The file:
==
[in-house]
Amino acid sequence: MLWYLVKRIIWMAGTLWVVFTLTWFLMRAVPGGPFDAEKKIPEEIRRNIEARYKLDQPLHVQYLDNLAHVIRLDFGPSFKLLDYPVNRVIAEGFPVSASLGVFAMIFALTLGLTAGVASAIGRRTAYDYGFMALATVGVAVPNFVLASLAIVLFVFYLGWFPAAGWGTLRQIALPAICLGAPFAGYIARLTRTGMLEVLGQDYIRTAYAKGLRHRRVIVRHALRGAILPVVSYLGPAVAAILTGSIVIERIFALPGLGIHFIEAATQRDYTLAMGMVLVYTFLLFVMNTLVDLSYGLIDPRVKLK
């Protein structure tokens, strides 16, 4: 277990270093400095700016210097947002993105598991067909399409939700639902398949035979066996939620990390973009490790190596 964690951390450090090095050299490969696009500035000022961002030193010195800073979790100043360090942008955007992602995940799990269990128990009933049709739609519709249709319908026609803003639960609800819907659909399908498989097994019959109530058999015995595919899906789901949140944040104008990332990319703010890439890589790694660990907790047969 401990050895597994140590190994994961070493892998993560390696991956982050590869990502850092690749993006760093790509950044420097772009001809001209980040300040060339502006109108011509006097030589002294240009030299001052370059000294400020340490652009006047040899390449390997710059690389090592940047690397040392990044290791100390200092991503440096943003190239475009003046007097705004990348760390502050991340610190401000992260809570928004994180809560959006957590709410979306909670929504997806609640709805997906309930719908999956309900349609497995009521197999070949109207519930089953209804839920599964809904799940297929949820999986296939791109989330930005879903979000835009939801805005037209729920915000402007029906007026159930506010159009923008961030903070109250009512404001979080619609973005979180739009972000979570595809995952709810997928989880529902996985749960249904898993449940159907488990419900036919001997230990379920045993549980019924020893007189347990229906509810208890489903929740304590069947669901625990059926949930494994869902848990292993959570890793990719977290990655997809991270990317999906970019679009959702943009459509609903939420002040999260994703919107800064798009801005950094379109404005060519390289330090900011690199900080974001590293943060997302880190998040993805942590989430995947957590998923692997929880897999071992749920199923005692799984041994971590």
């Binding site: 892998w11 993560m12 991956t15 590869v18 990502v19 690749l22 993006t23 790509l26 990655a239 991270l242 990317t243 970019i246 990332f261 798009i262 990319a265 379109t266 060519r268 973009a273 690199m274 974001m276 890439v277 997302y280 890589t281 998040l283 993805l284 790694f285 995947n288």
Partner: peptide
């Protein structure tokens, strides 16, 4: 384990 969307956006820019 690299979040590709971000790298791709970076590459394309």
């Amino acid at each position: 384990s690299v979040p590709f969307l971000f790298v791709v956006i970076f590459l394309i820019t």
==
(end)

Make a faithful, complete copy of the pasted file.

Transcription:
[in-house]
Amino acid sequence: MLWYLVKRIIWMAGTLWVVFTLTWFLMRAVPGGPFDAEKKIPEEIRRNIEARYKLDQPLHVQYLDNLAHVIRLDFGPSFKLLDYPVNRVIAEGFPVSASLGVFAMIFALTLGLTAGVASAIGRRTAYDYGFMALATVGVAVPNFVLASLAIVLFVFYLGWFPAAGWGTLRQIALPAICLGAPFAGYIARLTRTGMLEVLGQDYIRTAYAKGLRHRRVIVRHALRGAILPVVSYLGPAVAAILTGSIVIERIFALPGLGIHFIEAATQRDYTLAMGMVLVYTFLLFVMNTLVDLSYGLIDPRVKLK
């Protein structure tokens, strides 16, 4: 277990270093400095700016210097947002993105598991067909399409939700639902398949035979066996939620990390973009490790190596 964690951390450090090095050299490969696009500035000022961002030193010195800073979790100043360090942008955007992602995940799990269990128990009933049709739609519709249709319908026609803003639960609800819907659909399908498989097994019959109530058999015995595919899906789901949140944040104008990332990319703010890439890589790694660990907790047969 401990050895597994140590190994994961070493892998993560390696991956982050590869990502850092690749993006760093790509950044420097772009001809001209980040300040060339502006109108011509006097030589002294240009030299001052370059000294400020340490652009006047040899390449390997710059690389090592940047690397040392990044290791100390200092991503440096943003190239475009003046007097705004990348760390502050991340610190401000992260809570928004994180809560959006957590709410979306909670929504997806609640709805997906309930719908999956309900349609497995009521197999070949109207519930089953209804839920599964809904799940297929949820999986296939791109989330930005879903979000835009939801805005037209729920915000402007029906007026159930506010159009923008961030903070109250009512404001979080619609973005979180739009972000979570595809995952709810997928989880529902996985749960249904898993449940159907488990419900036919001997230990379920045993549980019924020893007189347990229906509810208890489903929740304590069947669901625990059926949930494994869902848990292993959570890793990719977290990655997809991270990317999906970019679009959702943009459509609903939420002040999260994703919107800064798009801005950094379109404005060519390289330090900011690199900080974001590293943060997302880190998040993805942590989430995947957590998923692997929880897999071992749920199923005692799984041994971590």
């Binding site: 892998w11 993560m12 991956t15 590869v18 990502v19 690749l22 993006t23 790509l26 990655a239 991270l242 990317t243 970019i246 990332f261 798009i262 990319a265 379109t266 060519r268 973009a273 690199m274 974001m276 890439v277 997302y280 890589t281 998040l283 993805l284 790694f285 995947n288």
Partner: peptide
């Protein structure tokens, strides 16, 4: 384990 969307956006820019 690299979040590709971000790298791709970076590459394309």
């Amino acid at each position: 384990s690299v979040p590709f969307l971000f790298v791709v956006i970076f590459l394309i820019t």